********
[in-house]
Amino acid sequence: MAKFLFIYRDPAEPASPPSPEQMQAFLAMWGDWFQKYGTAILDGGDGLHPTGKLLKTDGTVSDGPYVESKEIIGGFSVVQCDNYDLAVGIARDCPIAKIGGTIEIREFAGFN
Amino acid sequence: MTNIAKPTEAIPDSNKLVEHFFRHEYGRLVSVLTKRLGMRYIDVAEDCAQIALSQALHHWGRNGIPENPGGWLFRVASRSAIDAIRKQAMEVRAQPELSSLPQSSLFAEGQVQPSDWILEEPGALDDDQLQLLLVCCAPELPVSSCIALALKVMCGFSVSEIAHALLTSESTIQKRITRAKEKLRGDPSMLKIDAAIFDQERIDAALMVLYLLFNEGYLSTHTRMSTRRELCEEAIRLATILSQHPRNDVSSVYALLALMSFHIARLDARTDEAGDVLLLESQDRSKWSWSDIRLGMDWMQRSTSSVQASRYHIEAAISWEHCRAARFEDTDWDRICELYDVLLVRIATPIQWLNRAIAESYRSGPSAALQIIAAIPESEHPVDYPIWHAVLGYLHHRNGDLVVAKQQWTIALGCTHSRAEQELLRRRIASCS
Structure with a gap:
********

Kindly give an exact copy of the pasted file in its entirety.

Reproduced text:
[in-house]
Amino acid sequence: MAKFLFIYRDPAEPASPPSPEQMQAFLAMWGDWFQKYGTAILDGGDGLHPTGKLLKTDGTVSDGPYVESKEIIGGFSVVQCDNYDLAVGIARDCPIAKIGGTIEIREFAGFN
Amino acid sequence: MTNIAKPTEAIPDSNKLVEHFFRHEYGRLVSVLTKRLGMRYIDVAEDCAQIALSQALHHWGRNGIPENPGGWLFRVASRSAIDAIRKQAMEVRAQPELSSLPQSSLFAEGQVQPSDWILEEPGALDDDQLQLLLVCCAPELPVSSCIALALKVMCGFSVSEIAHALLTSESTIQKRITRAKEKLRGDPSMLKIDAAIFDQERIDAALMVLYLLFNEGYLSTHTRMSTRRELCEEAIRLATILSQHPRNDVSSVYALLALMSFHIARLDARTDEAGDVLLLESQDRSKWSWSDIRLGMDWMQRSTSSVQASRYHIEAAISWEHCRAARFEDTDWDRICELYDVLLVRIATPIQWLNRAIAESYRSGPSAALQIIAAIPESEHPVDYPIWHAVLGYLHHRNGDLVVAKQQWTIALGCTHSRAEQELLRRRIASCS
Structure with a gap: